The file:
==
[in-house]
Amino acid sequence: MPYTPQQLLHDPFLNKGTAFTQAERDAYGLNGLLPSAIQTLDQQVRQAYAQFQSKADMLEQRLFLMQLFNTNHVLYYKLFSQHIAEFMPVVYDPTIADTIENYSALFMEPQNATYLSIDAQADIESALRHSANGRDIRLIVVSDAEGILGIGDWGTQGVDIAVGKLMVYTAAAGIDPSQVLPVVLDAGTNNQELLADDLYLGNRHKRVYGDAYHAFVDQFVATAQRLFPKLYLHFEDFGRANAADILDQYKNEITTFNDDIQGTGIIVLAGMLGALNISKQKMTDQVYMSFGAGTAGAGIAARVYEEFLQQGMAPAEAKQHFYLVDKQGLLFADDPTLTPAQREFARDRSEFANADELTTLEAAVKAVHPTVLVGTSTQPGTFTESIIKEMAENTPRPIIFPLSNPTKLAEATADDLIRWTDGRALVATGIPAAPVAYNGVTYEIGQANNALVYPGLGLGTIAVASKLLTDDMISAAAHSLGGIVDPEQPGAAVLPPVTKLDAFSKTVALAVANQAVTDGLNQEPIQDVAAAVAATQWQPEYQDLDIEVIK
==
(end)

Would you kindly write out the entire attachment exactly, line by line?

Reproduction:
[in-house]
Amino acid sequence: MPYTPQQLLHDPFLNKGTAFTQAERDAYGLNGLLPSAIQTLDQQVRQAYAQFQSKADMLEQRLFLMQLFNTNHVLYYKLFSQHIAEFMPVVYDPTIADTIENYSALFMEPQNATYLSIDAQADIESALRHSANGRDIRLIVVSDAEGILGIGDWGTQGVDIAVGKLMVYTAAAGIDPSQVLPVVLDAGTNNQELLADDLYLGNRHKRVYGDAYHAFVDQFVATAQRLFPKLYLHFEDFGRANAADILDQYKNEITTFNDDIQGTGIIVLAGMLGALNISKQKMTDQVYMSFGAGTAGAGIAARVYEEFLQQGMAPAEAKQHFYLVDKQGLLFADDPTLTPAQREFARDRSEFANADELTTLEAAVKAVHPTVLVGTSTQPGTFTESIIKEMAENTPRPIIFPLSNPTKLAEATADDLIRWTDGRALVATGIPAAPVAYNGVTYEIGQANNALVYPGLGLGTIAVASKLLTDDMISAAAHSLGGIVDPEQPGAAVLPPVTKLDAFSKTVALAVANQAVTDGLNQEPIQDVAAAVAATQWQPEYQDLDIEVIK